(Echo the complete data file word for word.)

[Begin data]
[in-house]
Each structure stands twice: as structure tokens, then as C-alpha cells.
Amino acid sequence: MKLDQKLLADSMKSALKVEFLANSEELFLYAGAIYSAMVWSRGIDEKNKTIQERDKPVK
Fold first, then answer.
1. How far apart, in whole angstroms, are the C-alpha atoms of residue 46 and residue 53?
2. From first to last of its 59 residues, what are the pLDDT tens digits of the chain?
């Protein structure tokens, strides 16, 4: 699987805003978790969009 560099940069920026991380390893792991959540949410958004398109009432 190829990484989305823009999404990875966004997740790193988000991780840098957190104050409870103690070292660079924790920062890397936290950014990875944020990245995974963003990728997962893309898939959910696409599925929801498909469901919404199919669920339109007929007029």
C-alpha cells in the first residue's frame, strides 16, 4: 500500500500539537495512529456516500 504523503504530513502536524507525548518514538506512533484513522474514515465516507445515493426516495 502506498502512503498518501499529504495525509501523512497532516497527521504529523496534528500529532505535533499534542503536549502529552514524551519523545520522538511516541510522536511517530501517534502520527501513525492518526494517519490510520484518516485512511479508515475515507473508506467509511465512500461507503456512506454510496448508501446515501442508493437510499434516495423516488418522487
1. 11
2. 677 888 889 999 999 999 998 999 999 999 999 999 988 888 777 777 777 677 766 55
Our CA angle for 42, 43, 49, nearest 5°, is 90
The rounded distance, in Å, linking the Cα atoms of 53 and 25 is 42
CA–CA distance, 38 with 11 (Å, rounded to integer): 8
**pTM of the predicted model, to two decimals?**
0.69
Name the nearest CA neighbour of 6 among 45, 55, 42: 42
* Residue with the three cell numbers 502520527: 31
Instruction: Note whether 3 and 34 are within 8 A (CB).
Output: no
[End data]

[in-house]
Each structure stands twice: as structure tokens, then as C-alpha cells.
Amino acid sequence: MKLDQKLLADSMKSALKVEFLANSEELFLYAGAIYSAMVWSRGIDEKNKTIQERDKPVK
Fold first, then answer.
1. How far apart, in whole angstroms, are the C-alpha atoms of residue 46 and residue 53?
2. From first to last of its 59 residues, what are the pLDDT tens digits of the chain?
């Protein structure tokens, strides 16, 4: 699987805003978790969009 560099940069920026991380390893792991959540949410958004398109009432 190829990484989305823009999404990875966004997740790193988000991780840098957190104050409870103690070292660079924790920062890397936290950014990875944020990245995974963003990728997962893309898939959910696409599925929801498909469901919404199919669920339109007929007029």
C-alpha cells in the first residue's frame, strides 16, 4: 500500500500539537495512529456516500 504523503504530513502536524507525548518514538506512533484513522474514515465516507445515493426516495 502506498502512503498518501499529504495525509501523512497532516497527521504529523496534528500529532505535533499534542503536549502529552514524551519523545520522538511516541510522536511517530501517534502520527501513525492518526494517519490510520484518516485512511479508515475515507473508506467509511465512500461507503456512506454510496448508501446515501442508493437510499434516495423516488418522487
1. 11
2. 677 888 889 999 999 999 998 999 999 999 999 999 988 888 777 777 777 677 766 55
Our CA angle for 42, 43, 49, nearest 5°, is 90
The rounded distance, in Å, linking the Cα atoms of 53 and 25 is 42
CA–CA distance, 38 with 11 (Å, rounded to integer): 8
**pTM of the predicted model, to two decimals?**
0.69
Name the nearest CA neighbour of 6 among 45, 55, 42: 42
* Residue with the three cell numbers 502520527: 31
Instruction: Note whether 3 and 34 are within 8 A (CB).
Output: no